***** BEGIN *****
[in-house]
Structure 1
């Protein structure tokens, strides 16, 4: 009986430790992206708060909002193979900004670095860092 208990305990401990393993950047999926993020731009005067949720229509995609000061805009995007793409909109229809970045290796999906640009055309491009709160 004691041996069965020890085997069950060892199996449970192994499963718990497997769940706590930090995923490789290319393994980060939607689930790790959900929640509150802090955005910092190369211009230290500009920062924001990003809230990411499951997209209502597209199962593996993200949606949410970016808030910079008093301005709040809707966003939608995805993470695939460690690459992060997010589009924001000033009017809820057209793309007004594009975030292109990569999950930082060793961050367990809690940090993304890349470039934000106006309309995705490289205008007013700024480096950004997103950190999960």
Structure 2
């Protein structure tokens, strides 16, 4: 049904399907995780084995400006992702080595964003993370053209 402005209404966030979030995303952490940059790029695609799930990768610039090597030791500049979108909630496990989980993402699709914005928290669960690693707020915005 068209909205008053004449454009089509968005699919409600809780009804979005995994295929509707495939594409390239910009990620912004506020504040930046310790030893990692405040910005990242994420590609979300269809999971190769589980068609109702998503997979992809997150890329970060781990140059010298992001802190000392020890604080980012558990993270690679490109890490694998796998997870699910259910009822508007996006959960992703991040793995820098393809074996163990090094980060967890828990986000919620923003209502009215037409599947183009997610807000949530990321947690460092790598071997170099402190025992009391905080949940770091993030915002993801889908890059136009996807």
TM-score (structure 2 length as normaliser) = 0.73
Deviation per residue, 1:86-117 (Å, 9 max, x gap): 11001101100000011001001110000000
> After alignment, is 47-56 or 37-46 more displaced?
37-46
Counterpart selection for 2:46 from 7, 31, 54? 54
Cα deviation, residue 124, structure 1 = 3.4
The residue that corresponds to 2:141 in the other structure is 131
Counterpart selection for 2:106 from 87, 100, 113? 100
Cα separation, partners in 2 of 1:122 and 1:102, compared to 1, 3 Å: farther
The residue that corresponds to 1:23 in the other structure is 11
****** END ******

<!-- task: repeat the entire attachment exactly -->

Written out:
[in-house]
Structure 1
């Protein structure tokens, strides 16, 4: 009986430790992206708060909002193979900004670095860092 208990305990401990393993950047999926993020731009005067949720229509995609000061805009995007793409909109229809970045290796999906640009055309491009709160 004691041996069965020890085997069950060892199996449970192994499963718990497997769940706590930090995923490789290319393994980060939607689930790790959900929640509150802090955005910092190369211009230290500009920062924001990003809230990411499951997209209502597209199962593996993200949606949410970016808030910079008093301005709040809707966003939608995805993470695939460690690459992060997010589009924001000033009017809820057209793309007004594009975030292109990569999950930082060793961050367990809690940090993304890349470039934000106006309309995705490289205008007013700024480096950004997103950190999960």
Structure 2
């Protein structure tokens, strides 16, 4: 049904399907995780084995400006992702080595964003993370053209 402005209404966030979030995303952490940059790029695609799930990768610039090597030791500049979108909630496990989980993402699709914005928290669960690693707020915005 068209909205008053004449454009089509968005699919409600809780009804979005995994295929509707495939594409390239910009990620912004506020504040930046310790030893990692405040910005990242994420590609979300269809999971190769589980068609109702998503997979992809997150890329970060781990140059010298992001802190000392020890604080980012558990993270690679490109890490694998796998997870699910259910009822508007996006959960992703991040793995820098393809074996163990090094980060967890828990986000919620923003209502009215037409599947183009997610807000949530990321947690460092790598071997170099402190025992009391905080949940770091993030915002993801889908890059136009996807």
TM-score (structure 2 length as normaliser) = 0.73
Deviation per residue, 1:86-117 (Å, 9 max, x gap): 11001101100000011001001110000000
> After alignment, is 47-56 or 37-46 more displaced?
37-46
Counterpart selection for 2:46 from 7, 31, 54? 54
Cα deviation, residue 124, structure 1 = 3.4
The residue that corresponds to 2:141 in the other structure is 131
Counterpart selection for 2:106 from 87, 100, 113? 100
Cα separation, partners in 2 of 1:122 and 1:102, compared to 1, 3 Å: farther
The residue that corresponds to 1:23 in the other structure is 11